The entrance to the Department of History’s office in Sidney Smith Hall

The Refugium in Eurasian History and its Spatiality

Start Date and Time:

Thursday, October 17, 2019, 5:00PM

End Date and Time:

Thursday, October 17, 2019, 7:00PM


Victor Ostapchuk

Seminar in Ottoman and Turkish Studies

Abstract: The term refugium—yet to be properly defined—has been used by scholars to denote areas where safety from enemies owing to remoteness or difficulty of access provided long-term security that allowed for polity-formation (no connection to refugium as a medieval village fortification). Often a degree of sacredness is said to have been ascribed to refugia by their possessors. Examples of refugia on the Eurasian steppe: north of the Göbi Desert for the Asiatic Huns (Hiung-nu), Rouran (“Avars”), and Gök Türks; Yeti-su/Semirechye (Lake Balkash basin) for the West Türk Qaganate; Blue Forest on the Samara River (Ukraine) for Qipchaqs/Polovtsians; Burqan Qaldun Mountain for the Mongols of Chinggis Khan. Other possible refugia: the lower Dnieper River below its rapids (Zaporozhia) where the genesis of Ukrainian cossackdom occurred; Scandinavia (“Scandza Island”) for the Goths; Gerrhus for the Scythians. This seminar will survey the sources and spaces, query the reality of refugia as opposed to simple refuges, and explore aspects of spatiality.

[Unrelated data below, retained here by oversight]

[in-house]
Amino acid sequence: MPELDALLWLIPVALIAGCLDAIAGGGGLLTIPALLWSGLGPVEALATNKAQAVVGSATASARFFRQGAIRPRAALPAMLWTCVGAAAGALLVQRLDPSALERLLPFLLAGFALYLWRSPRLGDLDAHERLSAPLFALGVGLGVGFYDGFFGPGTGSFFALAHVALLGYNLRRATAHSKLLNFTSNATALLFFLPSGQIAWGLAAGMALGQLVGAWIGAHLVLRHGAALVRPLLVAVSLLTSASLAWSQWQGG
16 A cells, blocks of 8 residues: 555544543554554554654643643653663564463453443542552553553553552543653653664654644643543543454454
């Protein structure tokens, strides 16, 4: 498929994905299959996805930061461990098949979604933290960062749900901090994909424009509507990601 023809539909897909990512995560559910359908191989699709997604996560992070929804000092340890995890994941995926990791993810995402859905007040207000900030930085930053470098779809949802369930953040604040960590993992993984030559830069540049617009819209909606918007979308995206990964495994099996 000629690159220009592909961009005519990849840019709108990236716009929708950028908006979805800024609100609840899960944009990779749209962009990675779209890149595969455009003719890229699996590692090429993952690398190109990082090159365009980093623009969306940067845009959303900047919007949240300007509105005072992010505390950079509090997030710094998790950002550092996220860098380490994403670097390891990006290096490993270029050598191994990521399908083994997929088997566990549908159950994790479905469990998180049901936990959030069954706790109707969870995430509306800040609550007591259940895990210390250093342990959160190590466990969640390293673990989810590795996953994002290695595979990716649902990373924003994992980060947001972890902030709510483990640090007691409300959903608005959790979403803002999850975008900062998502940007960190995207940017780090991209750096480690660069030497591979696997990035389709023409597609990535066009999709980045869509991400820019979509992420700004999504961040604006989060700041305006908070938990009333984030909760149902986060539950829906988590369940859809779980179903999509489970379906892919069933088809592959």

• Department of History
  • Near and Middle Eastern Civilizations
  • Centre for European Russian and Eurasian Studies

Contact Information

Victor Ostapchuk

Near and Middle Eastern Civilizations


Sidney Smith 2098, 100 St George St, Toronto, ON M5S 3G3 view full map




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Arkhangai province, Mongolia